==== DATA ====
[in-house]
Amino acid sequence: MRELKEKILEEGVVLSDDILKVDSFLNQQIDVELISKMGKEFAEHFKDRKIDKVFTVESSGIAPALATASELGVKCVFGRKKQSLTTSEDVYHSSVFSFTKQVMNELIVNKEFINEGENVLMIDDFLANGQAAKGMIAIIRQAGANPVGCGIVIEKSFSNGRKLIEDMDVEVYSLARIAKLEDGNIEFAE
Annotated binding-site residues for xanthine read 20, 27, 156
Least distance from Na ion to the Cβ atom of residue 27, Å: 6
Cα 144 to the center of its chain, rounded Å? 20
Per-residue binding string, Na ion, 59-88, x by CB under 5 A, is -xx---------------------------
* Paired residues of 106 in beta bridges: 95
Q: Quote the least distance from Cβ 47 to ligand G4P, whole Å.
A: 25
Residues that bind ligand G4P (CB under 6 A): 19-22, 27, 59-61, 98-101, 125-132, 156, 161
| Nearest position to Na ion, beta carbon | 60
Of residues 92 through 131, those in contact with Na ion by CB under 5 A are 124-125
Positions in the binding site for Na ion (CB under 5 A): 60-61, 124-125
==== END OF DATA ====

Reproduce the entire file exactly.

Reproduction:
[in-house]
Amino acid sequence: MRELKEKILEEGVVLSDDILKVDSFLNQQIDVELISKMGKEFAEHFKDRKIDKVFTVESSGIAPALATASELGVKCVFGRKKQSLTTSEDVYHSSVFSFTKQVMNELIVNKEFINEGENVLMIDDFLANGQAAKGMIAIIRQAGANPVGCGIVIEKSFSNGRKLIEDMDVEVYSLARIAKLEDGNIEFAE
Annotated binding-site residues for xanthine read 20, 27, 156
Least distance from Na ion to the Cβ atom of residue 27, Å: 6
Cα 144 to the center of its chain, rounded Å? 20
Per-residue binding string, Na ion, 59-88, x by CB under 5 A, is -xx---------------------------
* Paired residues of 106 in beta bridges: 95
Q: Quote the least distance from Cβ 47 to ligand G4P, whole Å.
A: 25
Residues that bind ligand G4P (CB under 6 A): 19-22, 27, 59-61, 98-101, 125-132, 156, 161
| Nearest position to Na ion, beta carbon | 60
Of residues 92 through 131, those in contact with Na ion by CB under 5 A are 124-125
Positions in the binding site for Na ion (CB under 5 A): 60-61, 124-125